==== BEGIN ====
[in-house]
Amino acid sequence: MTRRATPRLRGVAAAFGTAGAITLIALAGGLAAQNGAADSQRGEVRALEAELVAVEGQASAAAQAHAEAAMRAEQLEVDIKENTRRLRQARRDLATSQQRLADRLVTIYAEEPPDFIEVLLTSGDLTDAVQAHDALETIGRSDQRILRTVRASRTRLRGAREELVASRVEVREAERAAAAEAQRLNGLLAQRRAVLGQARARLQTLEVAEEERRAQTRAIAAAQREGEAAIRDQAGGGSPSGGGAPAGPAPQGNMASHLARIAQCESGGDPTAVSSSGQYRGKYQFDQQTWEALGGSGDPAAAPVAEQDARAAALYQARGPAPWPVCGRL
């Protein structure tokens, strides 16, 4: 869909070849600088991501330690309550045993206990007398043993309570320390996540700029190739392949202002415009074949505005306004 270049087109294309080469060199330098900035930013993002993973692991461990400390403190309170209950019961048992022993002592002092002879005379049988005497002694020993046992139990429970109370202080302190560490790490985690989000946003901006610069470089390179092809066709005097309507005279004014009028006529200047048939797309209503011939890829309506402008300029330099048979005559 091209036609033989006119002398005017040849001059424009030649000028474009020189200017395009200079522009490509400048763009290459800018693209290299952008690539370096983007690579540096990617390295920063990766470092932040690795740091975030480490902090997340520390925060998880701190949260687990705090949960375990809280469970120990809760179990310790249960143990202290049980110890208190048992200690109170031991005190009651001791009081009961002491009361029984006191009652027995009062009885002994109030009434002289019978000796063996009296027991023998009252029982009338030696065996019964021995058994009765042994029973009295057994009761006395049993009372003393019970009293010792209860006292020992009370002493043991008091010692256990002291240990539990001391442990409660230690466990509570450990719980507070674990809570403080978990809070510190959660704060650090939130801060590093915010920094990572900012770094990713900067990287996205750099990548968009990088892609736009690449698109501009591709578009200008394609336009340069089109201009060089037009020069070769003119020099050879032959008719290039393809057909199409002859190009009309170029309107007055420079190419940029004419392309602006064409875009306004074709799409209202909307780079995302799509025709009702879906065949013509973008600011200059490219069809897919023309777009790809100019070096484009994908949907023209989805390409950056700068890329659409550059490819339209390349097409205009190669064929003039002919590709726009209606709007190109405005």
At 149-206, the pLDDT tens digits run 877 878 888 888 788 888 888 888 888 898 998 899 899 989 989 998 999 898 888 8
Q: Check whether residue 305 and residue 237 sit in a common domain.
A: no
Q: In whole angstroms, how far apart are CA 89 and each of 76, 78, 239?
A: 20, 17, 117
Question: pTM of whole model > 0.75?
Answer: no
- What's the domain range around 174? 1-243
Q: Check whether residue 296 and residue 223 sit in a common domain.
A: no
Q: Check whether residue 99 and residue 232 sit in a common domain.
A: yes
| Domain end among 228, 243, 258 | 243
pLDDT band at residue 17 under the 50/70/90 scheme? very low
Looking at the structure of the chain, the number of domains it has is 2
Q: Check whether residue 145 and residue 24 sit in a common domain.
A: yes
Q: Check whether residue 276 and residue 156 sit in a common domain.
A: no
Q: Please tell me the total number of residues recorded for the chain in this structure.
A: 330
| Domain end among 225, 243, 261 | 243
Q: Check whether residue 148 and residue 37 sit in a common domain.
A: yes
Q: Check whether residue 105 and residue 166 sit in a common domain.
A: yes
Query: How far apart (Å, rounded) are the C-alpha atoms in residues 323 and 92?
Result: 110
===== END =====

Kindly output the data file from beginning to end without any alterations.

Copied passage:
[in-house]
Amino acid sequence: MTRRATPRLRGVAAAFGTAGAITLIALAGGLAAQNGAADSQRGEVRALEAELVAVEGQASAAAQAHAEAAMRAEQLEVDIKENTRRLRQARRDLATSQQRLADRLVTIYAEEPPDFIEVLLTSGDLTDAVQAHDALETIGRSDQRILRTVRASRTRLRGAREELVASRVEVREAERAAAAEAQRLNGLLAQRRAVLGQARARLQTLEVAEEERRAQTRAIAAAQREGEAAIRDQAGGGSPSGGGAPAGPAPQGNMASHLARIAQCESGGDPTAVSSSGQYRGKYQFDQQTWEALGGSGDPAAAPVAEQDARAAALYQARGPAPWPVCGRL
């Protein structure tokens, strides 16, 4: 869909070849600088991501330690309550045993206990007398043993309570320390996540700029190739392949202002415009074949505005306004 270049087109294309080469060199330098900035930013993002993973692991461990400390403190309170209950019961048992022993002592002092002879005379049988005497002694020993046992139990429970109370202080302190560490790490985690989000946003901006610069470089390179092809066709005097309507005279004014009028006529200047048939797309209503011939890829309506402008300029330099048979005559 091209036609033989006119002398005017040849001059424009030649000028474009020189200017395009200079522009490509400048763009290459800018693209290299952008690539370096983007690579540096990617390295920063990766470092932040690795740091975030480490902090997340520390925060998880701190949260687990705090949960375990809280469970120990809760179990310790249960143990202290049980110890208190048992200690109170031991005190009651001791009081009961002491009361029984006191009652027995009062009885002994109030009434002289019978000796063996009296027991023998009252029982009338030696065996019964021995058994009765042994029973009295057994009761006395049993009372003393019970009293010792209860006292020992009370002493043991008091010692256990002291240990539990001391442990409660230690466990509570450990719980507070674990809570403080978990809070510190959660704060650090939130801060590093915010920094990572900012770094990713900067990287996205750099990548968009990088892609736009690449698109501009591709578009200008394609336009340069089109201009060089037009020069070769003119020099050879032959008719290039393809057909199409002859190009009309170029309107007055420079190419940029004419392309602006064409875009306004074709799409209202909307780079995302799509025709009702879906065949013509973008600011200059490219069809897919023309777009790809100019070096484009994908949907023209989805390409950056700068890329659409550059490819339209390349097409205009190669064929003039002919590709726009209606709007190109405005």
At 149-206, the pLDDT tens digits run 877 878 888 888 788 888 888 888 888 898 998 899 899 989 989 998 999 898 888 8
Q: Check whether residue 305 and residue 237 sit in a common domain.
A: no
Q: In whole angstroms, how far apart are CA 89 and each of 76, 78, 239?
A: 20, 17, 117
Question: pTM of whole model > 0.75?
Answer: no
- What's the domain range around 174? 1-243
Q: Check whether residue 296 and residue 223 sit in a common domain.
A: no
Q: Check whether residue 99 and residue 232 sit in a common domain.
A: yes
| Domain end among 228, 243, 258 | 243
pLDDT band at residue 17 under the 50/70/90 scheme? very low
Looking at the structure of the chain, the number of domains it has is 2
Q: Check whether residue 145 and residue 24 sit in a common domain.
A: yes
Q: Check whether residue 276 and residue 156 sit in a common domain.
A: no
Q: Please tell me the total number of residues recorded for the chain in this structure.
A: 330
| Domain end among 225, 243, 261 | 243
Q: Check whether residue 148 and residue 37 sit in a common domain.
A: yes
Q: Check whether residue 105 and residue 166 sit in a common domain.
A: yes
Query: How far apart (Å, rounded) are the C-alpha atoms in residues 323 and 92?
Result: 110